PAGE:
Copper Mountain commissioned the secondary crusher in August 2014, on budget and on schedule, to improve throughput and maximize production
The new secondary crusher processed its first ore on August 3rd 2014.
Lower Bowl Frame of secondary crusher in Kamloops BC awaiting to be transported to Copper Mountain Mine site. - March 2014
The unloading of secondary crusher's Upper Main Frame at the Port of Halifax for transport via rail car to Kamloops BC. - February 2014
The Lower Main frame is the largest component piece of the secondary crusher and weighs a little over 100 tonnes. Cranes were used to load the Lower Main Frame from the rail car to the specialized transportation truck, which then transported the piece to the mine site over a 5 day period at night to avoid traffic on the roads. - March 2014
Due to the weight and size of the component pieces of the secondary crusher, special permits and various specialized transportation trucks were required to safely move the secondary crusher parts from Kamloops, BC to the Copper Mountain Mine site. - February 2014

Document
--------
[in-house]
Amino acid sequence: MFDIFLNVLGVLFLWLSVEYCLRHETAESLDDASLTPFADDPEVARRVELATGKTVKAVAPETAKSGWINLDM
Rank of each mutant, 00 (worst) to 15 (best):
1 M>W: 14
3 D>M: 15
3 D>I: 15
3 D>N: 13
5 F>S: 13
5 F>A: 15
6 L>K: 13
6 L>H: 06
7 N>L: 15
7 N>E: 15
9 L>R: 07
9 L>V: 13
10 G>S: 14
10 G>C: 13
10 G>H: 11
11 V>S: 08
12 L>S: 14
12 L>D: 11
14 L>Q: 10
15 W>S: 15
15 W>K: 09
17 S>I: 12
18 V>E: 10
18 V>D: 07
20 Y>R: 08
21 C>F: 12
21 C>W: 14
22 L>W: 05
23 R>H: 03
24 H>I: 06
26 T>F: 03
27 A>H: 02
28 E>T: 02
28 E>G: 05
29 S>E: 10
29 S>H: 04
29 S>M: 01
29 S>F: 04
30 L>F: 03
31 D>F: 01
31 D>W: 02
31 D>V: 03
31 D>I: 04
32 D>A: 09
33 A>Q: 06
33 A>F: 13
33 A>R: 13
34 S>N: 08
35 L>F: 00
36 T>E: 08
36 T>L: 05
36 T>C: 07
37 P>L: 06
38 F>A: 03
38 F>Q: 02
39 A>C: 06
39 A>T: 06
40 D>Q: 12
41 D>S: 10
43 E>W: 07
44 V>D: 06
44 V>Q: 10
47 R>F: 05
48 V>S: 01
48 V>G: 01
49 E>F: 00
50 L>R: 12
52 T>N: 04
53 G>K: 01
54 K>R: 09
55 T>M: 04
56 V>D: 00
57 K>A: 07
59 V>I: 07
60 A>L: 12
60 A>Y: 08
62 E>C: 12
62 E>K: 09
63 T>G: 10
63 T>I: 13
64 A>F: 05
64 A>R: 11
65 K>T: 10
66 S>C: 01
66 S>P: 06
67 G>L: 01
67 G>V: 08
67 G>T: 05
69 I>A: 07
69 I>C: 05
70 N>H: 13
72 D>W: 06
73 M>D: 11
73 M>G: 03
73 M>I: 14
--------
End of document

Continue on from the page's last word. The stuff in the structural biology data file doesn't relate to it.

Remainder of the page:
The lower main frame being lifted into position using a specialized crane at the Copper Mountain Mine site. - March 2014
Looking north, the new mill is designed to process 35,000 TPD.
Aerial shot of the new concentrator building and the coarse ore stock pile, looking south.
One of thirteen 240 ton Komatsu haul trucks.
Aerial shot of the mine, looking north, with Pit 3 in the foreground.
By successfully combining pits #1, #2, and #3 into one merged "Super Pit", will allow for greater access to the mineralized areas. The resource is 5 billion lbs of copper with gold and silver as secondary credits.
The 240 ton-capacity-haulage trucks require 3 passes from the hydraulic shovel, to be filled to capacity, before the ore is transported to the primary crusher.
Mining activities at Copper Mountain started with a pushback on the western wall of Pit 3 but eventually operations will extend into pit 1. As pit 1 is expanded, it will merge with pit 2 until all three pits are converged into one super pit